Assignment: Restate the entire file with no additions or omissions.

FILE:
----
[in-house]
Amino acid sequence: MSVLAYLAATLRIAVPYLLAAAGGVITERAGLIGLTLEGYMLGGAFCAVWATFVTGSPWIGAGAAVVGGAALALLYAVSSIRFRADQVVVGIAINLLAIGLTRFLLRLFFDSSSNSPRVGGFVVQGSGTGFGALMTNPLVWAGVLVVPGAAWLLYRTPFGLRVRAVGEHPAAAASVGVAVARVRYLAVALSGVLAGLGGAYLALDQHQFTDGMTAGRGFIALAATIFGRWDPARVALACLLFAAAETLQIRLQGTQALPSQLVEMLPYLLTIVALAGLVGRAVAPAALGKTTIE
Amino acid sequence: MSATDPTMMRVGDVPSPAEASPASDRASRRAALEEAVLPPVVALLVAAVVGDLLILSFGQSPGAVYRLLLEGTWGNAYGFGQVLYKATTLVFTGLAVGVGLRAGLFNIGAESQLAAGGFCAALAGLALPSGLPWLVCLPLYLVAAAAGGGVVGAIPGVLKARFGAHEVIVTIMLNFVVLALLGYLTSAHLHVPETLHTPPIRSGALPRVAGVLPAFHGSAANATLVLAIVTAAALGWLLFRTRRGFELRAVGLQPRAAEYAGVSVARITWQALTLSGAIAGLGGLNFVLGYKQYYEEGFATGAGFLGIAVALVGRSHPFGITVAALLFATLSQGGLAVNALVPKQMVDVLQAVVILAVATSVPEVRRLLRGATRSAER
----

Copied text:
[in-house]
Amino acid sequence: MSVLAYLAATLRIAVPYLLAAAGGVITERAGLIGLTLEGYMLGGAFCAVWATFVTGSPWIGAGAAVVGGAALALLYAVSSIRFRADQVVVGIAINLLAIGLTRFLLRLFFDSSSNSPRVGGFVVQGSGTGFGALMTNPLVWAGVLVVPGAAWLLYRTPFGLRVRAVGEHPAAAASVGVAVARVRYLAVALSGVLAGLGGAYLALDQHQFTDGMTAGRGFIALAATIFGRWDPARVALACLLFAAAETLQIRLQGTQALPSQLVEMLPYLLTIVALAGLVGRAVAPAALGKTTIE
Amino acid sequence: MSATDPTMMRVGDVPSPAEASPASDRASRRAALEEAVLPPVVALLVAAVVGDLLILSFGQSPGAVYRLLLEGTWGNAYGFGQVLYKATTLVFTGLAVGVGLRAGLFNIGAESQLAAGGFCAALAGLALPSGLPWLVCLPLYLVAAAAGGGVVGAIPGVLKARFGAHEVIVTIMLNFVVLALLGYLTSAHLHVPETLHTPPIRSGALPRVAGVLPAFHGSAANATLVLAIVTAAALGWLLFRTRRGFELRAVGLQPRAAEYAGVSVARITWQALTLSGAIAGLGGLNFVLGYKQYYEEGFATGAGFLGIAVALVGRSHPFGITVAALLFATLSQGGLAVNALVPKQMVDVLQAVVILAVATSVPEVRRLLRGATRSAER